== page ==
AUSTRALIA - November, 2012
The Great Barrier Reef (henceforth GBR) is surely one of the wonders of the world. And when you combine that with a total solar eclipse, a wonder of the universe, how can you NOT end up having a good time?
Our trip this year was on Mike Ball's Spoilsport, a large catamaran that operates out of Cairns (don't pronounce the "r") and while the boat takes 28 divers, seven of them were Reef Seekers: Lionel Galway & Susan Tritt, Ric Selber, John Morgan, Lou Weisberg, Laurie Kasper, and me (Ken Kurtis). The rest of the boat was a mix of Aussies, Germans, Russians living in Finland, and Americans.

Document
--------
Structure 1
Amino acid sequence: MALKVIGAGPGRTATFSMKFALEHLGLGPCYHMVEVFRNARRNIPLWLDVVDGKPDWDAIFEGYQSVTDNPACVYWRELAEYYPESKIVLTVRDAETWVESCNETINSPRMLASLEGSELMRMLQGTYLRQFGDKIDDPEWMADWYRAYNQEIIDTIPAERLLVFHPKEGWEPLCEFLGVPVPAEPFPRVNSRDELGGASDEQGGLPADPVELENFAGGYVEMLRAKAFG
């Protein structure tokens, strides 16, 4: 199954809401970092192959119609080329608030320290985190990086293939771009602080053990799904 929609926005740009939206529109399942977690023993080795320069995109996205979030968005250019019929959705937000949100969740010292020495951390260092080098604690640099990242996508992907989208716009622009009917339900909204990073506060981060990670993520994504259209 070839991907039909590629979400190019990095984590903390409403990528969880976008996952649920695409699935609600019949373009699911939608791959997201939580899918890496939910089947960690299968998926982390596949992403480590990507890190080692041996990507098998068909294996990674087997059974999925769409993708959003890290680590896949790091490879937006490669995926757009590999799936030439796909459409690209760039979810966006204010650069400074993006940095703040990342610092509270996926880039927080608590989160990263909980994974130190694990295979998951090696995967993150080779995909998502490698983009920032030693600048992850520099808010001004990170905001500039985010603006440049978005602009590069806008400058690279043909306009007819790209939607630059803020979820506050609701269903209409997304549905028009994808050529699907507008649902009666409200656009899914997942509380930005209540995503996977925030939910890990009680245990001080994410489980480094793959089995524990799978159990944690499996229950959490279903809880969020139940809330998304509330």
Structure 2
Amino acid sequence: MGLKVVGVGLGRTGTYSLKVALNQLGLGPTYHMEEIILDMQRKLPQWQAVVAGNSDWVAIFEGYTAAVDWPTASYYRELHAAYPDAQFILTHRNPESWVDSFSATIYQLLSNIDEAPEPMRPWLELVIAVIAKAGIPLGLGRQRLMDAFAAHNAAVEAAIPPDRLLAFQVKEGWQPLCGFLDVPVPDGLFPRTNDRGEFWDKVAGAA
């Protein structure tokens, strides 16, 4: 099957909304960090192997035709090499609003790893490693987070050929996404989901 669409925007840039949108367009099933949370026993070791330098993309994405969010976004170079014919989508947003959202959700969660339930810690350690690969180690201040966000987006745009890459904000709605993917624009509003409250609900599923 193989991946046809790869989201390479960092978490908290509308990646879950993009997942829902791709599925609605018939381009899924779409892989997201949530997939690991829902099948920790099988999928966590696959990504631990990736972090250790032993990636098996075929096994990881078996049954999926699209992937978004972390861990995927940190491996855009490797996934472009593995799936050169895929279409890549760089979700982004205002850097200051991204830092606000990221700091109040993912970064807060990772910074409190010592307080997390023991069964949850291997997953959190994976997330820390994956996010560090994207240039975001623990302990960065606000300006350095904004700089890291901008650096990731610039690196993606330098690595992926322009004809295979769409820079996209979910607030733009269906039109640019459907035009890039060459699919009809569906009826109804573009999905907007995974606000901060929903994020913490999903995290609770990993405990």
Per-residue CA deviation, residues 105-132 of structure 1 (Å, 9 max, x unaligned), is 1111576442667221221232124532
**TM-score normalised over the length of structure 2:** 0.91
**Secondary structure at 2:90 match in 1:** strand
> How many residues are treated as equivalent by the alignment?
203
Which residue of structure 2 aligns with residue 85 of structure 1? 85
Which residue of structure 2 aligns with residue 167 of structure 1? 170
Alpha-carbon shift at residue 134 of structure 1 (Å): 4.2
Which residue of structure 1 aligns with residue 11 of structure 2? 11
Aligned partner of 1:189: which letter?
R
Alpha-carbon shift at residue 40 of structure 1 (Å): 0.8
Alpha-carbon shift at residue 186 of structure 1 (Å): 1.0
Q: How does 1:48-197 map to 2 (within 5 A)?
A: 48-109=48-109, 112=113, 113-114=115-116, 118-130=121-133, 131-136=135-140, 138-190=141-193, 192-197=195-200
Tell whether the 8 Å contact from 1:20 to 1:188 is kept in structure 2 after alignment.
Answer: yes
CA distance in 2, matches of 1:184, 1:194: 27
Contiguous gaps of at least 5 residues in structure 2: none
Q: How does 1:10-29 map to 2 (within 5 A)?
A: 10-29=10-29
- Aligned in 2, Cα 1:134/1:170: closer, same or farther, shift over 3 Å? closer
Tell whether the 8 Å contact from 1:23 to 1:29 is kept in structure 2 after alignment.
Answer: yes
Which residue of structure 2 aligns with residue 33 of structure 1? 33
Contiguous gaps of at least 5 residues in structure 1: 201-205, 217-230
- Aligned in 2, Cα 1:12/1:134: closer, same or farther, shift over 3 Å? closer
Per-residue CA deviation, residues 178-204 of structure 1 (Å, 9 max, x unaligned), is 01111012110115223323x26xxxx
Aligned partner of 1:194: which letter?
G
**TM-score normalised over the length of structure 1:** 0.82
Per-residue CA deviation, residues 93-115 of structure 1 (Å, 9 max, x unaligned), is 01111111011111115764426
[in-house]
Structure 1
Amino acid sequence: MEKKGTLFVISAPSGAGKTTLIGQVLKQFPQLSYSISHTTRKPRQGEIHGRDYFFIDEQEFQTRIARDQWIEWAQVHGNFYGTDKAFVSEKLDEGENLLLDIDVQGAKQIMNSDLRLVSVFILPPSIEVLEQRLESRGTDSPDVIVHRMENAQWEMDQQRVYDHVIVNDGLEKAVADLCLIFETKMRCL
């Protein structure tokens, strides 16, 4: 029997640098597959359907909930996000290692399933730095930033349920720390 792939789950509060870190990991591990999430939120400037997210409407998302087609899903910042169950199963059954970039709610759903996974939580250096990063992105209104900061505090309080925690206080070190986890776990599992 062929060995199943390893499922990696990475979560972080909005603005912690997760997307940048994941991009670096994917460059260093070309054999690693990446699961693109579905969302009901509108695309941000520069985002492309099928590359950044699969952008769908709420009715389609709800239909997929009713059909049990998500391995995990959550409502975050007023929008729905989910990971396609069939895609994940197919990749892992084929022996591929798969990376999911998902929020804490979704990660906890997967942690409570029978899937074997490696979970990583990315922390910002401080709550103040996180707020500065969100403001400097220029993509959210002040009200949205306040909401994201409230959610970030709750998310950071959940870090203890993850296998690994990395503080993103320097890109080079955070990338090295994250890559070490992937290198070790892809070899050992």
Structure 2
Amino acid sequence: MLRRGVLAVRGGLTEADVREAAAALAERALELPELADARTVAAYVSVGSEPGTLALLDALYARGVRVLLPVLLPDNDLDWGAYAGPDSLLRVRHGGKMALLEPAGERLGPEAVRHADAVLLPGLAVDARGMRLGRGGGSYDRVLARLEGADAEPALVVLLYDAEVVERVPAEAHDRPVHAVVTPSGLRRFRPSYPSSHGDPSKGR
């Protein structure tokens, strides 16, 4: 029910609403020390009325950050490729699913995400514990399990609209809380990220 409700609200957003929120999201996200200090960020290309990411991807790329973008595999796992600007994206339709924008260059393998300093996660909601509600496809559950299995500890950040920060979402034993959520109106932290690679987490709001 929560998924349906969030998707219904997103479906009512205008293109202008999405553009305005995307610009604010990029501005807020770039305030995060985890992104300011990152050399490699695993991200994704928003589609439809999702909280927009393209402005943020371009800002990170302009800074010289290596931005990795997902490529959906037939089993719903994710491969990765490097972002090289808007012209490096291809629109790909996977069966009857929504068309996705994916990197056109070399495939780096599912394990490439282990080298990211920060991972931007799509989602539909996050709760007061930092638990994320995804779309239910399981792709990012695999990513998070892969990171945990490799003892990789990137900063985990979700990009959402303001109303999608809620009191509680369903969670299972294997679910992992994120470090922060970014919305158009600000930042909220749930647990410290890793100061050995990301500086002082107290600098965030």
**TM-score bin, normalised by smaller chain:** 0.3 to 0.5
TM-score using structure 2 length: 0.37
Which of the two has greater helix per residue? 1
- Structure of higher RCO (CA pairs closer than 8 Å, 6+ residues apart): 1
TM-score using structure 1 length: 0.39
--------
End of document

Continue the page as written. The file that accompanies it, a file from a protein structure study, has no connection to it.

One thing I really like about foreign travel is that you always meet people from other countries and, if you take some time to talk to them, you realize that the America-centric view we have of life-on-earth isn't always the way the rest of the world sees things. It was even more interesting because we left the U.S. on the evening of Election Day and it was enlightening to get non-American viewpoints of the campaigns and the results. But I won't turn this into a political discourse.
I've known Mike Ball for years and we've done a number of trips with him in the past. I like to think he and I are sort of cut from the same cloth and that's why we get together so well. (And why weíll do another trip with him next year in July, looking for Minke Whales.) Mike used to have a very extensive operation with four boats and a fifth on the way but the events of 9/11 and the subsequent collapse of the world economy changed all of that, so that Spoilsport is the only boat he runs now.